IDFA embraces plan
to resolve US-Mexico
border trucking dispute
Apr 28, 2011 10:43 AM
Outlining the need to regain full duty-free access to the US dairy industry’s largest export market, the International Dairy Foods Association (IDFA) strongly supports the proposed cross-border trucking agreement between the United States and Mexico developed by the US Department of Transportation (DOT).
The proposal addresses safety concerns and US compliance with trade obligations to Mexico that will allow the two nations to fulfill their respective obligations under the North American Free Trade Agreement (NAFTA).
“This is an important step toward a solution that will put an end to the retaliation against our industry’s products,” said Clay Hough, IDFA senior group vice-president and general counsel. “Not only will this resolve a long-standing dispute, but the agreement will send a clear signal to trading partners that the United States is serious about the reciprocal fulfillment of trade obligations.”
In 2010, Mexico imported more than $837 million of US dairy products, which was more than double the value of US dairy exports to the industry’s second-largest export market. However, since tariffs on several American cheeses were added to Mexico’s retaliation list in August 2010, exports of targeted cheeses have been down 60% through February 2011.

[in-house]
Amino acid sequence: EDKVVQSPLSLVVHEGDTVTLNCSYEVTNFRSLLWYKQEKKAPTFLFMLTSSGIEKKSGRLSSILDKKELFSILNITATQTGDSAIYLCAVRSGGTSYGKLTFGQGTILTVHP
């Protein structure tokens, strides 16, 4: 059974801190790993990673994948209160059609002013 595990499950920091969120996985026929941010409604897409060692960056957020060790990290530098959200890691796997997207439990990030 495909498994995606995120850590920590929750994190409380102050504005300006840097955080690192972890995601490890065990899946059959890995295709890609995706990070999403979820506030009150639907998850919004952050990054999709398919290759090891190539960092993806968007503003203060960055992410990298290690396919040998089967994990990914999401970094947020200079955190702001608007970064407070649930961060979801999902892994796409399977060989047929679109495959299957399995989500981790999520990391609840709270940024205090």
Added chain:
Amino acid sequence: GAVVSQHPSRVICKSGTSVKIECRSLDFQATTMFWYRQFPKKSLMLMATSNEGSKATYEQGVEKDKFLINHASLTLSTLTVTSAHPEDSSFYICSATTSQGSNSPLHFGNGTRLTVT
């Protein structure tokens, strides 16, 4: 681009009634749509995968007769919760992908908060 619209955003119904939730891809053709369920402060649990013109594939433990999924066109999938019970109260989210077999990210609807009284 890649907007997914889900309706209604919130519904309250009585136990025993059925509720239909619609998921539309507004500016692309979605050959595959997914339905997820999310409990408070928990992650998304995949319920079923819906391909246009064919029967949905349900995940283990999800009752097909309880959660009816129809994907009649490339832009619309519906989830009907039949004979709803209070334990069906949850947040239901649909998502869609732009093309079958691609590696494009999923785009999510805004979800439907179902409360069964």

IDFA, in written comments to the US DOT, stressed the importance of avoiding problems that surfaced in the past and finding a permanent solution.
“The current dispute began in 2009, when Congress passed an appropriations bill that eliminated the funding for the previous cross-border trucking pilot program with Mexico,” said Hough. “Now several legislators have expressed their opposition to this new proposal and have threatened to stop it when the relevant appropriations legislation will be considered by Congress early this summer.”
To ensure that the tariffs are terminated permanently, the Mexican trucks must receive permanent authority to operate within the United States. This will require implementing a long-term cross-border trucking program after the pilot program ends.
“We urge Congress to support a permanent resolution of this issue, which is important to maintain a critical market for US dairy exports,” said Hough.
Under terms of the DOT proposal, Mexico and the United States have agreed that 50% of the retaliatory tariffs currently in place will be suspended when the agreement is signed. The remaining 50% will be suspended when the first Mexican carrier is authorized to operate under the pilot program.
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